When out for a day on the Loughs, I am often surprised by the number of anglers that insist on fishing flies of size 8 or larger. These are usually bushy Bumbles, Dabblers, or winged wets, often heavily dressed. There are times when these flies work, other times they work very well, but if conditions don’t suit they will lead to a blank. Very few Lough anglers pay attention to what they learn on the rivers. If you are fishing to a rising fish on a river and it ignores your fly, but you know that a particular fly is on the water, you will change size; usually a smaller or more lightly dressed fly will do the trick if the presentation is right. Most boat anglers miss this; if a certain pattern doesn’t do the trick, try another instead… regardless of what the trout are likely to be feeding on, or what the natural’s size actually is.

Often my first change will be size or style of fly if there is evidence of naturals on the water. When Conditions are hard, with sun and little wind to create a wave, (which often distorts the trout’s view of your fly) I often set up a “River cast” i.e. Two small spider patterns, and either a hare’s ear or pheasant tail nymph on the point. These flies will be fished slowly on either a floating line, (in a ripple) or an intermediate line if the water is flat. These spider patterns I tie myself as most bought ‘spiders’ are too bushy, mine have one or one and a half turns of hackle only. The sizes vary from 12 to 16, although 14’s are my first preference. These spiders are tied on either standard wet fly hooks or on the heavy ‘grubber’ hooks, by using the grubber hooks with the different profile I know which are the heavier flies in the box, whereas weighting a standard wet fly hook makes the selection of the heavy flies difficult. The heavier flies help sink the cast deeper when the boat is drifting that bit faster. I fish both types of flies with a very slow retrieve, the equivalent of a slow figure of eight, adjusted to the speed of the boat usually works best, a word of warning, chucking them out and stripping them back wont! Some anglers seem to assume trout have an engine up their *rse and strip the flies back at a rate of knots, this can work with the larger lure type flies but for trout selectively feeding it won’t.

I often notice anglers, who fish from the shore on our smaller lakes etc. will fish static or semi-static flies to obviously feeding fish but seem to insist on stripping them back when in a boat, get bored with no action and cast out a couple of dries fished static????? Any angler who has fished from a bank will tell you he often catches fish “on the drop” and the English anglers are adept at fishing wet buzzer patterns static below a ‘bung’ or dry fly. I recall a day on Lough Owel, when my partner and I were out in blazing sunshine chasing herring-bone ripples around the lake, we eventually got tired of the game and decided to stick it out along the Italians shore, we were only waiting for the peter fishing later that evening when the sun had left the water. My boat partner cast two small dries out to his right and sat back to take refreshment. I cast my spiders on a long line to my left on the slime line counted ten and was about to take the first handful of line for my figure of 8 retrieve when the fly line zipped out and I was in. My partner netted both his and my fish, you guessed it, his klinkhamer disappeared very quickly after.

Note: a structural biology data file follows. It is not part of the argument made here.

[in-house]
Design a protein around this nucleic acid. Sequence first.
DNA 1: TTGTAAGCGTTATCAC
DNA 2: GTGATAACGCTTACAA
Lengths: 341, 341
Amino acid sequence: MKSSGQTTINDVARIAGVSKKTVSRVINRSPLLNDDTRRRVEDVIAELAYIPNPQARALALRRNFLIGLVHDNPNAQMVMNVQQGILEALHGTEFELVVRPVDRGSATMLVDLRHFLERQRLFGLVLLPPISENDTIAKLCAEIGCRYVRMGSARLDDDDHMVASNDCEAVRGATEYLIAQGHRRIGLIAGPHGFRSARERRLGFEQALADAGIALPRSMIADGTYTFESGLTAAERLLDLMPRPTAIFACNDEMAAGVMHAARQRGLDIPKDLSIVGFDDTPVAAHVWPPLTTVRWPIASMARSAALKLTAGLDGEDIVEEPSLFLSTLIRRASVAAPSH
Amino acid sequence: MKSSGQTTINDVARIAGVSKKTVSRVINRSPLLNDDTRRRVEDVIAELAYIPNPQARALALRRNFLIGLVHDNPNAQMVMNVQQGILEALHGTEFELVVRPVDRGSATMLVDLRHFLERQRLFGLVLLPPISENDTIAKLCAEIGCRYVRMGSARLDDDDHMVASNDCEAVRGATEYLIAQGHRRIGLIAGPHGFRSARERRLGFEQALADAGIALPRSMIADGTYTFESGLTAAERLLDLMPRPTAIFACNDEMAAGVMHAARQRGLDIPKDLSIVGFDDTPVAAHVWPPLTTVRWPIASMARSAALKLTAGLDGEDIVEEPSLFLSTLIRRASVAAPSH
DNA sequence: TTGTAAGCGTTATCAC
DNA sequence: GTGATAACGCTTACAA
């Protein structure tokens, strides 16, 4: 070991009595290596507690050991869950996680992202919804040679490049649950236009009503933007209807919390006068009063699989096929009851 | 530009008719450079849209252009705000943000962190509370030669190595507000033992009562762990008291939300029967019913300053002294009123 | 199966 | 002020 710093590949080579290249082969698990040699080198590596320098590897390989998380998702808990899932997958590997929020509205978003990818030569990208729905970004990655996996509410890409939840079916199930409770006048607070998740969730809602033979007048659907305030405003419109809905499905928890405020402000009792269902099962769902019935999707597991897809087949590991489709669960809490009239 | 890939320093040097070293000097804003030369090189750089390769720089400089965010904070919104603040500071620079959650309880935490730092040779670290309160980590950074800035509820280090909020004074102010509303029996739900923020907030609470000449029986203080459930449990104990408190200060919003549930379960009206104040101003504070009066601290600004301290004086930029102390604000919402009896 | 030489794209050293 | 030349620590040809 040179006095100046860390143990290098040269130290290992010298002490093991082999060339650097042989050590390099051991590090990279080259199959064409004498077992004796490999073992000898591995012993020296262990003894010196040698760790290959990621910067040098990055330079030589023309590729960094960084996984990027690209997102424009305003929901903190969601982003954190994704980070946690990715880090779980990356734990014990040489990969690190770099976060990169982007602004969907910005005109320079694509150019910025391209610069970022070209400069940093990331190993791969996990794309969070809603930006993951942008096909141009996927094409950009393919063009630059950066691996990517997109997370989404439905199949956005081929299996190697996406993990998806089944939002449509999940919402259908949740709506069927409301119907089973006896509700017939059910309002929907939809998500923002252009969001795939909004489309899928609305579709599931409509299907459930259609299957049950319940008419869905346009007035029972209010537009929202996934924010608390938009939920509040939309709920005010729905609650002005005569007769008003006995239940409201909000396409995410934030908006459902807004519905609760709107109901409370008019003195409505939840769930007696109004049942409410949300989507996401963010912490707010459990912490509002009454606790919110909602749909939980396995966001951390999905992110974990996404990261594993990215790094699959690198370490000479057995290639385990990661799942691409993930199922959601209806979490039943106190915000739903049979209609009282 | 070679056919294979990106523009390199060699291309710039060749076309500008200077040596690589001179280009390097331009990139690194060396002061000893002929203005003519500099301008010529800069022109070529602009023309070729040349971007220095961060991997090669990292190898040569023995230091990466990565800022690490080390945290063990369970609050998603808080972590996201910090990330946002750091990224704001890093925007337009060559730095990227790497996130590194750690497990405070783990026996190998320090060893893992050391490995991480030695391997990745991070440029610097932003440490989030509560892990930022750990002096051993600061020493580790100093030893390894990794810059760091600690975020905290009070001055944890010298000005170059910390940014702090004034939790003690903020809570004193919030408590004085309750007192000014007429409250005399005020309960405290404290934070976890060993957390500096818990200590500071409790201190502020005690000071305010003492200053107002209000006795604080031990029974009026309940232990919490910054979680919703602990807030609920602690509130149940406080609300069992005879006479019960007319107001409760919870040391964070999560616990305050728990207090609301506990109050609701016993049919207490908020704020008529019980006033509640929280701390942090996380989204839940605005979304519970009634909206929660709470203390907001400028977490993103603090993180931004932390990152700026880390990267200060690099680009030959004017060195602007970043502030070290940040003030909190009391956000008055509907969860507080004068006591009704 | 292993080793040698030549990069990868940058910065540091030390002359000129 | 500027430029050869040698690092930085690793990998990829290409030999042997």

I then spent an hour retrieving the flies very slowly with out any success and saw two more to the dry flies the other end of the boat. That started me thinking, and I switched to a floating line but resisted the urge to put a couple of dries on, and, instead tied on a small hares ear on the point, a size 14 corixa on the middle dropper and an apple green spider on the top, all spaced about four feet apart on a twenty foot cast. This was cast out and left static, the line just being collected enough to keep me in touch with the flies. I worked out that it took about half an hour for the flies to catch bottom, no it wasn’t deep, half an hour and four fish later!

Sadly the method doesn’t always work, and there needs to be feeding fish in the area, but it can be very successful at times. It does pay however to remember the things we learnt on the rivers, and pity those that only ever fished the loughs, they have a lot to catch up!

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Greg Long

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